The weekend’s weather was glorious. Check the forecast for today and beyond here.
This week’s top stories and news you may have missed:
From the moment Linda Stief and Crystal Alhilali met five years ago, they believed there was a bigger reason for their meeting.
Stief and her husband, John, moved into their home in the Sifton neighborhood in 2007. The next year, Alhilali, her husband, Ahmed, and their six daughters moved in next door.
The two women clicked immediately.
“It was like we had known each other forever,” Stief said. “We’re like kindred spirits.”
In August 2009, Alhilali, who was 35 years old at the time, was diagnosed with breast cancer. Stief stood by Alhilali’s side throughout the treatment, surgery and recovery.
That diagnosis, they thought, was why the women were destined to be friends. But that was just the beginning.
In April of this year, Stief was diagnosed with breast cancer. A month later, Alhilali received her second breast cancer diagnosis.
Together, their perilous journey toward recovery had begun.
The sprawling site of a former aluminum smelter in Longview faces so many hurdles in its bid to be reborn as a coal-shipping terminal that it’s hard to know where to start.
Terminal developers must navigate a bramble of none-too-easy to obtain permits from local, state and federal governments.
Spirited opposition gathers in the form of activists carrying a litany of concerns, among them: the exacerbation of human-induced climate change, increased train traffic in communities small and large, and toxic coal discharges from trains into the Columbia River. And the global market for coal softens, prompting business analysts to question the wisdom of massive capital investment in exports.
Yet the leaders of Millennium Bulk Terminals-Longview exude both patience and confidence. They fire back against critics with arguments and long-term analyses of their own.
Fantastic weather made for a fantastic Old Apple Tree Festival on Saturday, with hundreds of people turning out to absorb history and fresh-pressed cider in the sunshine.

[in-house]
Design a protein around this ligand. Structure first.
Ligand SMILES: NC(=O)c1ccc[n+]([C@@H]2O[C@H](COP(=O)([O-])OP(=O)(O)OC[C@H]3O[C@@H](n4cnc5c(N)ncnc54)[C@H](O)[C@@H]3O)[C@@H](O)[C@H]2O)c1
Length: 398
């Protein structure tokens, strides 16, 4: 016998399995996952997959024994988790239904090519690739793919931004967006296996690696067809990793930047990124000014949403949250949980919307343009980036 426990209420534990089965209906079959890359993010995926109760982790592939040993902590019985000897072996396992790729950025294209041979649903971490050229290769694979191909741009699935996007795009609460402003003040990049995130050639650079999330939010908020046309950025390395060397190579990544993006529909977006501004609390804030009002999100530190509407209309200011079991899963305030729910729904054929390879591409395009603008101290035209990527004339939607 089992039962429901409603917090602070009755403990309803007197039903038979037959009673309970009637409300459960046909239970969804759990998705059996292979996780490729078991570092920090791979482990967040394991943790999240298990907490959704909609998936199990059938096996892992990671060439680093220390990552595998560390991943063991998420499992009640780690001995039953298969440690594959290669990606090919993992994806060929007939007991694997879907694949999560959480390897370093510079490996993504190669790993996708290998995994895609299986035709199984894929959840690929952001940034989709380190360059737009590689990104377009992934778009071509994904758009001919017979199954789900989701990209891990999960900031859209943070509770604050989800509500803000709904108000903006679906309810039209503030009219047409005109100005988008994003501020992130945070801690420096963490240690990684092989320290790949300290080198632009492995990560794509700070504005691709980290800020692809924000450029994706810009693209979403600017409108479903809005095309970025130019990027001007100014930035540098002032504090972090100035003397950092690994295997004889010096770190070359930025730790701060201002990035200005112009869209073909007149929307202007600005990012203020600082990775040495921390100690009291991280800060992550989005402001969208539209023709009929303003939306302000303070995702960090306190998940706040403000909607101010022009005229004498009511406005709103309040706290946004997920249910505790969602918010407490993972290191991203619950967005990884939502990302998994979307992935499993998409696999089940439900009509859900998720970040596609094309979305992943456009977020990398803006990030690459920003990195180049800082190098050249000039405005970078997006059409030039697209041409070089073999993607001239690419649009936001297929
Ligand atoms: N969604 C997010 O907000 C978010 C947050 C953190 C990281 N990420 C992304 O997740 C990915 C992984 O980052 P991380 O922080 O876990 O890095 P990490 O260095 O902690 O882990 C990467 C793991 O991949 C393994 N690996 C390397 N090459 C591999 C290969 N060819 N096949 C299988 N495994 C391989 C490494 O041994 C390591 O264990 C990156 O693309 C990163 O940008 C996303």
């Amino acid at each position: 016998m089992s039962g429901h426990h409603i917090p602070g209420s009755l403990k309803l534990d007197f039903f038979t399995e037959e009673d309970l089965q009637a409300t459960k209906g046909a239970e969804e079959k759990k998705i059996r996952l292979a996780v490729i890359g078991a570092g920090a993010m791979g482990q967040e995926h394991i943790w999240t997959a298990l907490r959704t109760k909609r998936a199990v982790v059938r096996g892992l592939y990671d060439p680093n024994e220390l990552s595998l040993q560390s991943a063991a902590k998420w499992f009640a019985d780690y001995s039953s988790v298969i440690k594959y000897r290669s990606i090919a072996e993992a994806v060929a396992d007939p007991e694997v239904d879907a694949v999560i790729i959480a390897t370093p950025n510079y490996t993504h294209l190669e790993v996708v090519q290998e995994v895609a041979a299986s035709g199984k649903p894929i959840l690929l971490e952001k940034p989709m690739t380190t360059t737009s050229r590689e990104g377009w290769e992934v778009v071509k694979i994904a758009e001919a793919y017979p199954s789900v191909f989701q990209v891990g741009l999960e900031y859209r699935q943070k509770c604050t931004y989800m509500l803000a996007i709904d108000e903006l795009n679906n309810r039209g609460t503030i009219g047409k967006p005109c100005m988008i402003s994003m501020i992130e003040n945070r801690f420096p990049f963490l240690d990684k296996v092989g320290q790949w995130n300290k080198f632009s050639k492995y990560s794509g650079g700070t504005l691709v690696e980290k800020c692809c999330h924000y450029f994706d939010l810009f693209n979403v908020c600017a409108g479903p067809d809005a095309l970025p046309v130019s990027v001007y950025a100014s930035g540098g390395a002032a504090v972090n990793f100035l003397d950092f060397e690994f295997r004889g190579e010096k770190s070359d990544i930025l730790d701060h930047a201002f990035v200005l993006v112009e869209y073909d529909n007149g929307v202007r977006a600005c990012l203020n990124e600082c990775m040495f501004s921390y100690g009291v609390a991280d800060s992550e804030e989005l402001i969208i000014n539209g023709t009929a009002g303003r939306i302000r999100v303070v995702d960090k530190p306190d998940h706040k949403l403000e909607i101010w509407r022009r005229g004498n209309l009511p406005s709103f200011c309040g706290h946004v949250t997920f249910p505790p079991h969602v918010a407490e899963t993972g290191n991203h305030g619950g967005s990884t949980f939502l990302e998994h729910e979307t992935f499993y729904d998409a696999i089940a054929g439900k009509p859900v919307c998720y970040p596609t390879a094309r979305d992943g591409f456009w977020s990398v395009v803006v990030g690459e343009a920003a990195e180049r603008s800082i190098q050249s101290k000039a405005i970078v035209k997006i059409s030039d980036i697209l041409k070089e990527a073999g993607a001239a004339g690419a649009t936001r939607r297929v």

“If it had been last weekend, we would have been here in boats,” said one member of the rootsy band Another Shade of Bluegrass during a pause in the pickin’.
“People love this,” said Charles Ray, the city’s urban forester, as he handed out clippings from the area’s only surviving European pioneer, planted here in 1826 from seeds that sailed all the way from London — and considered the oldest apple tree in the Pacific Northwest.
The shutdown of the federal government affected the festival in minor ways. Parking adjacent to the site was not available as it has been in past years. The National Park Service did not participate; a walking tour that was supposed to be guided by an NPS archaeologist, taking visitors over the land bridge to Fort Vancouver’s little worker village, was deleted from the final schedule. Visitors wandered over there anyway and peered in the windows of the two little houses on the site.
High runway fashion no longer is reserved for far-away cities or television screens. And fashion designers can come straight from Clark County.
FashionNXT Portland is a four-day showcase of the city’s best fashion and design talent. Held at the Vigor Industrial Shipyard on Swan Island, the runway will be filled with spring collections from a bevy of local, national and international designers.
Cathy Rae Kudla of Ridgefield will be bringing her latest collection to the Portland stage as part of the FashionNXT’s emerging designers showcase.
While the ideas for a spring collection had been simmering, Kudla didn’t find out until the end of August she had been accepted to the show. “I’ve been sewing day and night. With the type of sewing that I do, it requires a tremendous amount of work. But I prefer quality over quantity.”